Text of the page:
Picture: Stop by Sunny Lapin, license CC BY-SA 2.0

ARTICLE: Deciding which news to trust among competing narratives in Ukraine

With contradictory strategic narratives from different parties and governments, propaganda and disinformation, Ukraine’s news media environment has been a difficult one to analyze properly. Joanna Szostek of Royal Holloway, University of London, investigated how Ukrainian people decide where to get their news and what to believe. The author gathered 30 audio-diaries and in-depth interviews with … Continued

Picture: untitled by Christina Gottardi, license CC0 1.0

ARTICLE: Institutional constraints cause varying forms of censorship towards critical journalism

Andrew Kennis of Universidad Iberoamericana, México, studied “whether institutional constraints are more powerful than standardized journalistic norms and practices in determining news content”, also looking at news media independence from poweful corporate and state interests in the United States. The author examines the theoretical tension between two models of media analysis – the indexing and … Continued

Untitled by Davie Bicker, licence CC0 1.0

ARTICLE: Four types of “fake news”

So-called fake news have become a widely discussed topic especially since the 2016 presidential elections in the United States. The concept and the term, however, are older, write Edson C. Tandoc Jr., Zheng Wei Lim and Richard Ling, all of Nanyang Technological University. The authors searched for scholarly articles using the term and analysed the … Continued


CFP | 31.10. | Why is the modern world so susceptible to fake news?

The journal Policy and Internet is calling for articles for its upcoming special issue on fake news. Entitled “Reframing ‘Fake News’: Architectures, Influence, and Automation”, the issue is scheduled for publication in September 2018. The guest editors outline the issue’s scope as being: “1) the role of platforms and their architectures and interfaces 2) the … Continued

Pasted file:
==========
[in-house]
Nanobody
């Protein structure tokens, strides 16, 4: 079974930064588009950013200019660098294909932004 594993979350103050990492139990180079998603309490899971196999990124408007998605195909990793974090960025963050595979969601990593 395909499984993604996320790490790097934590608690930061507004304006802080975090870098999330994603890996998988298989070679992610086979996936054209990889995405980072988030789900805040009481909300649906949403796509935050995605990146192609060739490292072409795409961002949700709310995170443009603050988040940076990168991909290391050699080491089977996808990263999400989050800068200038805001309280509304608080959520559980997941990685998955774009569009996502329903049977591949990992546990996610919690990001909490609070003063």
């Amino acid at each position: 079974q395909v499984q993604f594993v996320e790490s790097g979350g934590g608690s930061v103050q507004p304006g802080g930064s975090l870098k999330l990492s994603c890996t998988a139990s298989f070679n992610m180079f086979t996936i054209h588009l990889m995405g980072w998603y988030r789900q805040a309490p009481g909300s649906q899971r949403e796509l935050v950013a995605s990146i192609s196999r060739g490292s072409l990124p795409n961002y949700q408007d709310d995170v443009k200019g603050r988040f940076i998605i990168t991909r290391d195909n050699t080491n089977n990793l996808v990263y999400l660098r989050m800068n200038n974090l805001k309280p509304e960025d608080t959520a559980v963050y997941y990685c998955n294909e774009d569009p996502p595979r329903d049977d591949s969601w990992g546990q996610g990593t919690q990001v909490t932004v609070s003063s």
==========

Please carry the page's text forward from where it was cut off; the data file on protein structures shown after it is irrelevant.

Fake Fox News Camera and Cameraman by Michael Dolan, licence CC BY 2.0

ARTICLE: Fox News should not be considered as journalism

Scholarship on journalism often includes the American cable channel Fox News, but in reality the channel’s output is best described as propaganda rather than journalism, Mitchell T. Bard, of Iona College, argues. The author analysed the channel’s three prime time current affairs programs, The O’Reilly Factor, Hannity, and On the Record with Greta Van Susteren. … Continued

Rush hour at Guomao by Jens Schott Knudsen, licence CC BY-NC 2.0

ARTICLE: How the Chinese state brushes aside social problems

The Chinese state media uses ritualistic framing to distract public attention from the social issues related to the annual Spring Festival homecoming, writes Meng Li, of Loyola Marymount University. The author analysed the coverage of the 2013-2014 Spring Festival on a morning show on the state-controlled CCTV-2 channel. The Spring Festival is an annual celebration … Continued


CFP | 31.5. | History of “fake news” in print

A conference entitled “‘Fake news!’: an historical perspective” is calling for paper proposals. The event is organised by the Newspaper and Periodical History Forum of Ireland (NPHFI), and will take place on the 10th and 11th of November 2017 in Newcastle, United Kingdom. As suggested by the organiser’s title, the event is particularly interested in … Continued

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ARTICLE: For a while, Reuters pushed the Russian narrative of Ukraine

The news agency Reuters’ coverage of the Ukrainian crisis closely followed the line of the Russian state-controlled ITAR-TASS news agency, an analysis by Kohei Watanabe, of London School of Economics, reveals. Watanabe algorithmically analysed 9 281 news stories dealing with democracy in Ukraine, published by four news agencies in 2013 and 2014. The three Western … Continued

Picture: Ukraine: Survival on the frontline by People in Need, Nikishina, Ukraine, March 2015, license CC BY-ND 2.0

ARTICLE: Various frames to the Eastern Ukraine conflict

The coverage of the Eastern Ukraine conflict varied considerably depending on different countries’ news. Nataliya Roman of the University of North Florida, Wayne Wanta of the University of Florida and Iuliia Buniak of the internet publication Obozrevatel studied how the conflict was portrayed in major Russian (Channel One Russia), Ukrainian (1 + 1), and American … Continued

Picture: Ukraine: Survival on the frontline by European Commission, license CC BY-ND 2.0

ARTICLE: Four roles of war reporters on Twitter

The new environment of war correspondents is characterised by instant messaging, borderless interaction and information warfare. Markus Ojala and Mervi Pantti of the University of Helsinki and Jarkko Kangas of the University of Tampere studied how correspondents enact their professional roles in various ways via Twitter. The authors studied the tweets of three Finnish war … Continued